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Gaudet Excited to Get Started as Arlington's New Paddock Host
Gabby Gaudet is the new face on the Arlington International Racecourse broadcast team having just arrived from the Maryland circuit where she served as paddock host at Laurel Park and at Pimlico Race Course, which of course is home of the Preakness Stakes – the second jewel in Thoroughbred racing’s Triple Crown.
Though new to Chicago, Gaudet is hardly new to the racetrack. “My dad (Eddie) trained for decades – probably about 40 years,” she said. “My mom (Linda) was his right-hand woman for a very long time. He officially retired in 2011 when we ran a horse in the Preakness (Concealed Identity). I guess you could call that his swan song. Since then then my mom and my sister (Lacey) have taken control of the barn.”
Like the rest of her family, Gabby found herself on the backstretch at a young age. “I got my exercise rider license when I was 16 and I spent a lot of time on the backside throughout high school and college,” she said. “I love it and I love being hands-on with horses, but at the same time I couldn’t see myself having a career on the backside.”
As a result, she began to make a name for herself away from the backstretch. “My very first thing on the front side was working on a radio station in Maryland on a racing show on (the local) ESPN (outlet) with Stan Salter. I remember being so nervous the first couple of shows,” she recalled. “However, my big first step was going to the Saratoga Special and working for that newspaper during the Saratoga meet. That really opened the door to a lot of connections. When Frank Carulli (Pimlico and Laurel TV host and morning line maker) announced his retirement, they had a competition (to fill the TV job) and that was my first opportunity to be on-air.”
“I was so nervous before going on and in hindsight it was ridiculous (to feel that way) but it’s your first time and you don’t want to make big mistakes and get off to a bad start,” she continued. “At the same time, I had the advantage of going last. The competition was held from Wednesday until Saturday and I got to go on Saturday. I was able to look at the other people who were auditioning and get myself (more) comfortable. I think if I had gone the first day I’d have been a lot more nervous.”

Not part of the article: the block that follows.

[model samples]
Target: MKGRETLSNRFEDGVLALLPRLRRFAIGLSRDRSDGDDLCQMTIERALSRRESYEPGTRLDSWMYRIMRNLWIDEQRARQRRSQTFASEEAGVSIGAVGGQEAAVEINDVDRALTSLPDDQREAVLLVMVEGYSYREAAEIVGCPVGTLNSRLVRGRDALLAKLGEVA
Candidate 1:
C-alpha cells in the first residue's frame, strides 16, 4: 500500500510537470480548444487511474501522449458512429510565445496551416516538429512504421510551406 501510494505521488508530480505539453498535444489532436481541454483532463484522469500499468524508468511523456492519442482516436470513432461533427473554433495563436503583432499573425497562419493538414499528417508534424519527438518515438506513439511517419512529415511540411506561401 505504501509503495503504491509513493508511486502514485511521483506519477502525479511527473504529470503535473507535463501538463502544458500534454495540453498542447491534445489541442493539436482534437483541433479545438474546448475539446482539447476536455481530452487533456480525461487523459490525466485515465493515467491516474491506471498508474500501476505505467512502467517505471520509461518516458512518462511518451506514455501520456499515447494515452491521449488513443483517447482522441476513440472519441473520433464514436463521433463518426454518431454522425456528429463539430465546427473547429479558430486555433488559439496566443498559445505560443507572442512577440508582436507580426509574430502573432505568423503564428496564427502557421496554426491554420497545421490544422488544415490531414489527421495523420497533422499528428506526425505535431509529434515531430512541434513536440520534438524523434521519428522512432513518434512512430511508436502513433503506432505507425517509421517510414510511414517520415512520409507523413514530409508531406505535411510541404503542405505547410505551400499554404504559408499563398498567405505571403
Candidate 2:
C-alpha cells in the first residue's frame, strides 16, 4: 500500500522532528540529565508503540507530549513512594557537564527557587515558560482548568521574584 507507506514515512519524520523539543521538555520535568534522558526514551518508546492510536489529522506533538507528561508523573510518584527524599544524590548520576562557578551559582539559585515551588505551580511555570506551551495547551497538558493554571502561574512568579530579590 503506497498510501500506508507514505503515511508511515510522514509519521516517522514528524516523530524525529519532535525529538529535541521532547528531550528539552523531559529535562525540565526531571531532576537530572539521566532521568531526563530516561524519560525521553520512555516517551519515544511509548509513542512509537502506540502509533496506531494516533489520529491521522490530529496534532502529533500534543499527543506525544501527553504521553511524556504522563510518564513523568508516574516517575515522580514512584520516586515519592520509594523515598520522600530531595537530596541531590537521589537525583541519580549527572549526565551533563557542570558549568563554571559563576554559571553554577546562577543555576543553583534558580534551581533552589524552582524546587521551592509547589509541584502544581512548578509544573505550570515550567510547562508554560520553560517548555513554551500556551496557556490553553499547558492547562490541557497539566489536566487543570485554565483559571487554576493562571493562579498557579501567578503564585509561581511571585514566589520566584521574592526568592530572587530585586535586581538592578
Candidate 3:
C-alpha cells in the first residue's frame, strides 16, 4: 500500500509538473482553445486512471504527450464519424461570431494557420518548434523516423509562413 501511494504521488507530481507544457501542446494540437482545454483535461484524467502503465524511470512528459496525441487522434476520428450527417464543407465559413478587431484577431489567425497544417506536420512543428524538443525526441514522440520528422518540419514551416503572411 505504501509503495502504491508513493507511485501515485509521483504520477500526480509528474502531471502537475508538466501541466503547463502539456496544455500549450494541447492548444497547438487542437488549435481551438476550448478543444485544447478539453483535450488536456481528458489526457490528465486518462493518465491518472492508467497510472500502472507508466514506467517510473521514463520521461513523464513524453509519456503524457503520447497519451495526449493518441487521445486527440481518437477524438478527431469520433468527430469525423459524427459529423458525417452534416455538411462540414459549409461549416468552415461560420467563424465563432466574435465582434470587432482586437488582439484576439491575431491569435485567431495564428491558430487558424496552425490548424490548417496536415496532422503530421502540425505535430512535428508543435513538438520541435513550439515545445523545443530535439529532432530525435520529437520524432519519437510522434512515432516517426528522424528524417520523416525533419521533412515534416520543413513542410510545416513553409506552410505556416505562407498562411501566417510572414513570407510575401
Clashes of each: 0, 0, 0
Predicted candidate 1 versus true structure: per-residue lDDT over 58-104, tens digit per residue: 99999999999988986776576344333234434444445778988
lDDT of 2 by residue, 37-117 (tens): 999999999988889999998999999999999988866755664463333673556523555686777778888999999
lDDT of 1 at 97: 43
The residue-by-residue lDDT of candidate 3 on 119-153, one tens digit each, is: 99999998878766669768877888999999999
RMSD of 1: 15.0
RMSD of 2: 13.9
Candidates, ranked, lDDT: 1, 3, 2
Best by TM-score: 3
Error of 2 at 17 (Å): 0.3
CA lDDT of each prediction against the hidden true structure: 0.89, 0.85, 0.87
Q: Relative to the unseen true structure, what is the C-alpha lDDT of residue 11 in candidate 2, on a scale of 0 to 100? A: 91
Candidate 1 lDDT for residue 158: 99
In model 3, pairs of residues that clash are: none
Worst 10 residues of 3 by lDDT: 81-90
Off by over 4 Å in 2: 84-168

Gaudet got the job and become the face of the Maryland paddock after last year’s Pimlico meet and was named the Arlington paddock host in early April. She brings enthusiasm to her new role and pledges to delve deep in the past performances to find useful nuggets of information for handicappers of all levels
"I make it a point to do my homework,” she said. “I don’t just look at the program and say this horse is the favorite or this horse has a legitimate chance of winning. I really dig into races, pace, breeding and trainer stats to try to find prices. One of my least favorite things is to pick even-money shots. If there’s a way to beat the favorite, I try to find it.’
Asked if she had a favorite type of race to handicap, her answer may come as a surprise to many. “One of my favorite (types of) races to handicap are maiden races – maiden specials for 2-year-old or for 3-year-olds and up,” she said. “I like looking at horses for the first time and see them develop over the course of the meet. That’s why I really love to be in the paddock because I pay attention to the physical appearance of horses as well.
“For turf horses, they have a specific physical presence that you need to look for – their turf foot. If a horse is going a route of ground, you’re looking for a more longer-built horse than a really stocky horse. You have to take all of that into consideration.”
One thing that will be somewhat new to Gaudet in her analysis is handicapping Arlington’s synthetic Polytrack surface, though she is not completely foreign to playing races on such courses, “I’ve done handicapping (on the synthetic surfaces of) Keeneland and Presque Isle in my personal time. I have a foundation in it, but it will take a little time to get into the swing of it here.”
Gaudet hopes to be able to provide useful information to her new audience as well as helpisolate longshots that can hit the board.
“I love constructing tickets – Pick 4s, Pick 5s, Pick 6s. I like the challenge of figuring out a sequence of races and sometimes you have a horse that might be 10-1 that you throw on the ticket. You can use the multi-race wagers to make some money off a favorite you don’t think can be beat. You’re not going to put $5 to win on a 1-2 shot but you can single him in a Pick 4 and spread in other races where you find some longshots.”
Having already taken a look at her new ‘summer office,’ Gaudet was taken aback but its beauty.
“It’s absolutely stunning and its spotless clean,” she said. “It’s gorgeous. The paddock is stunning as well. I’m really looking forward to getting to know the racetrack – not just the facility, but the track and the little subtleties to it once racing ensues.”